Some Members of the Committee will have experienced at first hand life on board one of Her Majesty's ships. Although conditions have been considerably improved in more recent times, there can be no doubt that privacy is not part of such life. It is impossible to have a sexual relationship in those circumstances (and that includes heterosexual relationships) without there being the potential for some adverse effect on other members of the company.

I hope that the Committee will accept that our policies in this area are motivated at all times by the need to maintain discipline and morale for the greater good of the force as a whole. The Select Committee in another place accepted the reasons why homosexual activity is not acceptable in the armed forces and did not believe that the armed forces should be required to accept homosexuals. They did, however, recommend that homosexual activity of a kind which is legal in civilian law should not constitute an offence under service law.

We shall carefully consider the recommendation of the Select Committee in the context that we must continue to protect members of the forces from undue pressures and not create the impression that homosexuality is acceptable in service life. This is a difficult and complex area and our conclusions will be announced to the Chamber in due course.

The amendments we are now considering go considerably wider than was recommended by the Select Committee and so I should like to say a little about heterosexual relationships. In a strict hierarchical society where men and women are working and living very closely together we have a duty to protect personnel from agreeing to behaviour in which they would otherwise choose not to indulge. In such societies there can he doubt that consent to sexual behaviour is willingly and freely given, particularly between different ranks.

We believe it is right, therefore, that certain acts of heterosexual behaviour—for example, with particularly young and perhaps impressionable female personnel—should continue to be subject to prosecution under the Service Discipline Acts even though they are not civil offences. We do not believe that parents would readily encourage their sons and daughters to join the armed forces if they thought that there was scope for sexual pressures to be put on them.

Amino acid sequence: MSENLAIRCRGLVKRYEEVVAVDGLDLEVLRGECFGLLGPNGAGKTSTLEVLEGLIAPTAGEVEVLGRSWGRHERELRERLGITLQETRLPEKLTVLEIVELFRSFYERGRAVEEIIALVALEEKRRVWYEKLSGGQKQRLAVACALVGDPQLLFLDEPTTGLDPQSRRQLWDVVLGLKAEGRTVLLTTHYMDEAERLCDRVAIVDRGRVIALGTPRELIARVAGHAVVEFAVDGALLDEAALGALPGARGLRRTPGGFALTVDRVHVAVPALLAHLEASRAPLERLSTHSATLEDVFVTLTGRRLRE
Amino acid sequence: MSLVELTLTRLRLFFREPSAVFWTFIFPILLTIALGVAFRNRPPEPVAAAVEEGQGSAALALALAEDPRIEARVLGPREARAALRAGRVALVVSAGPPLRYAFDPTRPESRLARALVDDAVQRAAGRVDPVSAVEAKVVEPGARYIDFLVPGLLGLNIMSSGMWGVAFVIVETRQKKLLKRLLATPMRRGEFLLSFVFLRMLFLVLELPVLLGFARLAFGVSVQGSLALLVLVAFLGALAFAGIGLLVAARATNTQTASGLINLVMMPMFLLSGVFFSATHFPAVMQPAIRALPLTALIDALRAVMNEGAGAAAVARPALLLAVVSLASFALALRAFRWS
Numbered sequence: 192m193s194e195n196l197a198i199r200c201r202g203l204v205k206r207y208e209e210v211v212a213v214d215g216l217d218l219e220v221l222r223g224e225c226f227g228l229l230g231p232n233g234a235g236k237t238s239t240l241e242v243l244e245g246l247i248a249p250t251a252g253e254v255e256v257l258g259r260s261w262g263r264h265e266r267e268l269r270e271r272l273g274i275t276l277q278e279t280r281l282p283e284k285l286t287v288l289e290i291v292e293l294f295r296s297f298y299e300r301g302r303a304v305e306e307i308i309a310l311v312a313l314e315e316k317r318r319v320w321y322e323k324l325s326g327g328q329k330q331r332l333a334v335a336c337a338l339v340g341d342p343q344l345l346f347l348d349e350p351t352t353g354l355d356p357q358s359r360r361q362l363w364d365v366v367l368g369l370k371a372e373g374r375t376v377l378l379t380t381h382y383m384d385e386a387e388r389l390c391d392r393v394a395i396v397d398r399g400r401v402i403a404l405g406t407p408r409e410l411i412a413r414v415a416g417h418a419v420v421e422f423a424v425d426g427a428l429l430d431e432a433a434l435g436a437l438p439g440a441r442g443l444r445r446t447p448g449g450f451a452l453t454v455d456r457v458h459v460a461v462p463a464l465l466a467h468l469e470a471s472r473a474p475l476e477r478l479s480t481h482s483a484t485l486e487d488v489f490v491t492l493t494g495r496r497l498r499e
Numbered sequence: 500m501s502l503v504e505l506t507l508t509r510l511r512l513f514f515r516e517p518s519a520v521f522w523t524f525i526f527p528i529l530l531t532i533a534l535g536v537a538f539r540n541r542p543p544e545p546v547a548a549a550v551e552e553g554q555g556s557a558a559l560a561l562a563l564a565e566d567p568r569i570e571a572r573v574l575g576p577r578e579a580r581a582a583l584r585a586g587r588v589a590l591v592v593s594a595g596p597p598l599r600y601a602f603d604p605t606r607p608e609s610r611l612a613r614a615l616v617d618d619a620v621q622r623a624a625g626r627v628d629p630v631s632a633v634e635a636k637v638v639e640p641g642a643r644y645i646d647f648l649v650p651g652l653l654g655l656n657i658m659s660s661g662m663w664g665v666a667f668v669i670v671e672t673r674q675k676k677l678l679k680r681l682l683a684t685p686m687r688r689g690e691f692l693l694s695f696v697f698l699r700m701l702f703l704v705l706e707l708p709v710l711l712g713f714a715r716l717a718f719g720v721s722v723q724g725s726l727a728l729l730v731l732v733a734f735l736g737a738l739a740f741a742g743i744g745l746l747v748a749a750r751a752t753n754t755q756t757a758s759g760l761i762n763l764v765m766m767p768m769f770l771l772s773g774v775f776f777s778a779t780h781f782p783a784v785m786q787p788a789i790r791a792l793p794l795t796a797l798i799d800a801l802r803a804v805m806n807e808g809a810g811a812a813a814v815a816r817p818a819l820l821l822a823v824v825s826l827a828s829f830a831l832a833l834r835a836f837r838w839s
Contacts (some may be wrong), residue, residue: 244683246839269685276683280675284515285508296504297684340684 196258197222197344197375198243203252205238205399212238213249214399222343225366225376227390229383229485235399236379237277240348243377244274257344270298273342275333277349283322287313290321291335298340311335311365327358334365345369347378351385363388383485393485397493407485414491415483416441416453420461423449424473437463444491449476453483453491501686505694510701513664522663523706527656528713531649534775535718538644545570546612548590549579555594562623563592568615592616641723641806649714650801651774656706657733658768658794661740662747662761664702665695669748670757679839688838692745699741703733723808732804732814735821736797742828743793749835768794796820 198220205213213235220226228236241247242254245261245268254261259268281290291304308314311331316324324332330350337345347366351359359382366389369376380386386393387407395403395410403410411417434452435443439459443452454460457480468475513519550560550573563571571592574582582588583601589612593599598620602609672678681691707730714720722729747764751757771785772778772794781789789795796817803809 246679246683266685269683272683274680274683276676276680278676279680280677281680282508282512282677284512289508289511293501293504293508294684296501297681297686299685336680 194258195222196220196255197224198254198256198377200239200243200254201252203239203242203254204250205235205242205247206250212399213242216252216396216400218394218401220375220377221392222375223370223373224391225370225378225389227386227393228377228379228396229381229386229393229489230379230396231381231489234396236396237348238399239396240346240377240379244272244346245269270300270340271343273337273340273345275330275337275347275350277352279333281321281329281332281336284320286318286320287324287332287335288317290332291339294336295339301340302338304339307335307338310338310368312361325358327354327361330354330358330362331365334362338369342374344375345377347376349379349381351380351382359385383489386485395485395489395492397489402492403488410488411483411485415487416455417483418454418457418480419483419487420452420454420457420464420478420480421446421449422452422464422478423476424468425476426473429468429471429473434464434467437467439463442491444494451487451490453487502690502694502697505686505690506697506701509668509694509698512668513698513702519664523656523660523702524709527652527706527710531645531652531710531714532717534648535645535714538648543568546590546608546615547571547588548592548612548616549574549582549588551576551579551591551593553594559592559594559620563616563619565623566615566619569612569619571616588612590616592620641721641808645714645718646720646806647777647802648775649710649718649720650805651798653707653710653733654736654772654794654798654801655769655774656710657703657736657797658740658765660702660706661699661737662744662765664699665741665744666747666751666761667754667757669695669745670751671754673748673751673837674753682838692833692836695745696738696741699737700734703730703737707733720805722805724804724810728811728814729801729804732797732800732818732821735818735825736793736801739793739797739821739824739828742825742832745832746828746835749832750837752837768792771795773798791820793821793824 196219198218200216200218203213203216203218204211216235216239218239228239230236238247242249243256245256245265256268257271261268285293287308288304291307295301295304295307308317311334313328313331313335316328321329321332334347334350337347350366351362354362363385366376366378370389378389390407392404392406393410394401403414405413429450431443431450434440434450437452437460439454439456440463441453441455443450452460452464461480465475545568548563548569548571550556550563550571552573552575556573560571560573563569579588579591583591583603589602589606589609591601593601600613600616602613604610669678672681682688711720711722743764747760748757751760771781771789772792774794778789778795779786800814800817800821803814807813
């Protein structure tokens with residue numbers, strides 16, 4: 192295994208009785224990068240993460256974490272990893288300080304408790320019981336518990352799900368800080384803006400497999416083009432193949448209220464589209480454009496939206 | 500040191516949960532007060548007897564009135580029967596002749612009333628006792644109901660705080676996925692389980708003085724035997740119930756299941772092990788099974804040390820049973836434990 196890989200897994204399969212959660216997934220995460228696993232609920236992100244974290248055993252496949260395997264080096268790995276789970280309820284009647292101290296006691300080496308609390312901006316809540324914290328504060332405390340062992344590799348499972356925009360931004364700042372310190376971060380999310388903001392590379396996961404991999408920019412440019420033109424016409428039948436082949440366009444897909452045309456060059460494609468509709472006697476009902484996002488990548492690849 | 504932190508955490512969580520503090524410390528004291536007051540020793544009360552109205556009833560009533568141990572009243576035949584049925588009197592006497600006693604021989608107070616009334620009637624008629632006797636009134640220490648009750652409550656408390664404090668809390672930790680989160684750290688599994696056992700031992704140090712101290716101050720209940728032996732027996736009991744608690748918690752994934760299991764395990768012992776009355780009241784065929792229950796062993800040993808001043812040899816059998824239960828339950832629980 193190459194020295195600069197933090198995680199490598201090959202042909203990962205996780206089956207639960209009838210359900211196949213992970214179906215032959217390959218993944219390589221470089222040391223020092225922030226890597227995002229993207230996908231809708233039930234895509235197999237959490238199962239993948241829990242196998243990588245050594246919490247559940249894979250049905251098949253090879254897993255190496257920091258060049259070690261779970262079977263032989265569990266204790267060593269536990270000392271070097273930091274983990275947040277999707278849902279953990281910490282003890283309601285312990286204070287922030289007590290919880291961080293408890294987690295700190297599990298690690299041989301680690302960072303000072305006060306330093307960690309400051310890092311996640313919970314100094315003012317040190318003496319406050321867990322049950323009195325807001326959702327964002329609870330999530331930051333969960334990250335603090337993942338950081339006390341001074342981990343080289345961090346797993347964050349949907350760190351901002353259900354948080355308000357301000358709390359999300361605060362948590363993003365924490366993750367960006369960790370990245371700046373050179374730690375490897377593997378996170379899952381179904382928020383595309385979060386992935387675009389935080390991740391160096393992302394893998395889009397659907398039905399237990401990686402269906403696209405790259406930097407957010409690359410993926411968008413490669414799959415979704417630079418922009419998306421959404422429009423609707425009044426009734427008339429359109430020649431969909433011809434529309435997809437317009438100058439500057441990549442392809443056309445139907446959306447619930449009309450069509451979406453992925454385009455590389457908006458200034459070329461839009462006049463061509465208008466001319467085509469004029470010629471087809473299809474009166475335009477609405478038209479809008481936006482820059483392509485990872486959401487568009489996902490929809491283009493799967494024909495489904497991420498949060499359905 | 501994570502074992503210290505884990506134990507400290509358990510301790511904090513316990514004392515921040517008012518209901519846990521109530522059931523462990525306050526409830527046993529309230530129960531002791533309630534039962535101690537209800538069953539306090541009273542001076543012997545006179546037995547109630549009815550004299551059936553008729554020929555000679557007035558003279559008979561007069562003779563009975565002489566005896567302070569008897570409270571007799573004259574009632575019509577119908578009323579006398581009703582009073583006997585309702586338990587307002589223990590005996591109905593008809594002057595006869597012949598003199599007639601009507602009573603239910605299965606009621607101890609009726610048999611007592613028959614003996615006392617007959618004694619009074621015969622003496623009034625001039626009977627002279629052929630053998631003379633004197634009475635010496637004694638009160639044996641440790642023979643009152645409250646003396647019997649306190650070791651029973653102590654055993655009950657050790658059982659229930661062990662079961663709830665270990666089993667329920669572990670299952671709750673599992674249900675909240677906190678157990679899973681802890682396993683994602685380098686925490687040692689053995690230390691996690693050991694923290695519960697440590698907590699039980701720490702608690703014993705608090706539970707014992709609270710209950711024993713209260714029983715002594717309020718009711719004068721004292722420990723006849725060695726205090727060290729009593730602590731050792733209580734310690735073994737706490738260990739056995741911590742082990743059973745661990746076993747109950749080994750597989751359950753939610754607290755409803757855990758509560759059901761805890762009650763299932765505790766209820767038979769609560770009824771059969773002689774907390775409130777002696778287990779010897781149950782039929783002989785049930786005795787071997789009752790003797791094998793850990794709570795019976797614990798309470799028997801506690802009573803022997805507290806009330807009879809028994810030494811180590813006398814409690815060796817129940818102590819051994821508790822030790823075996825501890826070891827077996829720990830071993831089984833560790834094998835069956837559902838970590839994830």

We therefore believe that the amendment before the Committee is, at the least, premature with regard to homosexual activity. I hope that in the light of what I have said today, and my undertaking that the recommendation of the Select Committee of another place will be given thorough and serious consideration within the Ministry of Defence, the noble Lord will withdraw his amendment.

Perhaps I may inform the noble Lord, Lord Graham, that the NATO countries which do not allow homosexuals in the armed forces are Greece, Italy, Portugal, Turkey and the USA. The noble Lord asked how other countries have changed their laws. There will be a review within the Ministry of Defence and experience of other countries will be taken into account. I do not expect that that will be very soon and I cannot hold out any prospect of legislation in the next Session. I expect that I shall be able to report our conclusions by the next debate on the Service Discipline Acts continuation order next summer, if not before.

With those restricted and very correct reasons for not accepting homosexuality within the armed forces, in particular based on morale and discipline affecting units, I urge the Committee not to accept the amendment.

Lord Mayhew

The noble Earl quoted a number of problems connected with homosexuality about which it is plain that the firmest of action is needed, and which may indeed result in a discharge. However, he has not explained why that problem cannot be handled by administrative methods and why it has to be criminalised.

The Earl of Arran

With regard to an administrative discharge, I make clear that it is not and never has been an offence under service law to be a homosexual or to commit a homosexual act per se. The homosexual act can be the basis for a charge usually of disgraceful conduct or conduct to the prejudice of good order and discipline. The vast majority of personnel who are required to leave the armed forces on the ground of homosexual behaviour are administratively discharged rather than prosecuted. At the moment prosecutions under service law may arise mainly where a serviceman has taken advantage of his rank in relation to a more junior colleague. That may involve an act which remains an offence under the civil/criminal law.